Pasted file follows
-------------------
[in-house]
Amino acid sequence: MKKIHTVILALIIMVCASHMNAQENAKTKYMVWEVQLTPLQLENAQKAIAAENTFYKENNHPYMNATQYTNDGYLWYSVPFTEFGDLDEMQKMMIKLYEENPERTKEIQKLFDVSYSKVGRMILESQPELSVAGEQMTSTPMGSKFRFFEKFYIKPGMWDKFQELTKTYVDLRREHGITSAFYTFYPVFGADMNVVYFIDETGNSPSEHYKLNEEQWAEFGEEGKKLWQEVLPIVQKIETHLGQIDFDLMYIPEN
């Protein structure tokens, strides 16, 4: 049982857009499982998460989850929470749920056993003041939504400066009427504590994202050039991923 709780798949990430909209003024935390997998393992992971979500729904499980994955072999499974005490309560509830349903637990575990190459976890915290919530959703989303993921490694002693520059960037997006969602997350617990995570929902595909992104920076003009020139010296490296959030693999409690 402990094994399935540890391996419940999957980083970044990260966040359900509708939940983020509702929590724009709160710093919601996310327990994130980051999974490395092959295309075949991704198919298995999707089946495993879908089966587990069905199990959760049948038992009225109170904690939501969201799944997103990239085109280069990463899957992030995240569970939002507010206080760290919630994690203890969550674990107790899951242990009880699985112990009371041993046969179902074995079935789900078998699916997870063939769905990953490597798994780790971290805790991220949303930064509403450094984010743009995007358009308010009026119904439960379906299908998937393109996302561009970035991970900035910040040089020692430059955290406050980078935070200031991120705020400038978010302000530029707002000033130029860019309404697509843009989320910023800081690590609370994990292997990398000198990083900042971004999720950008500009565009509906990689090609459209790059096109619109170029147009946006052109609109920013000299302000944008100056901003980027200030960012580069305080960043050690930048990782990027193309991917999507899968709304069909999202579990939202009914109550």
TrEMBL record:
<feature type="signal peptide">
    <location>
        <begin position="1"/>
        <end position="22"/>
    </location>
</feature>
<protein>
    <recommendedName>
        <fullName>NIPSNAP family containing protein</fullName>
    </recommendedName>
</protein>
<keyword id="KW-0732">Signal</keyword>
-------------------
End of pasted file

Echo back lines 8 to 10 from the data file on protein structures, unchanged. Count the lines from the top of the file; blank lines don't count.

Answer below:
        <end position="22"/>
    </location>
</feature>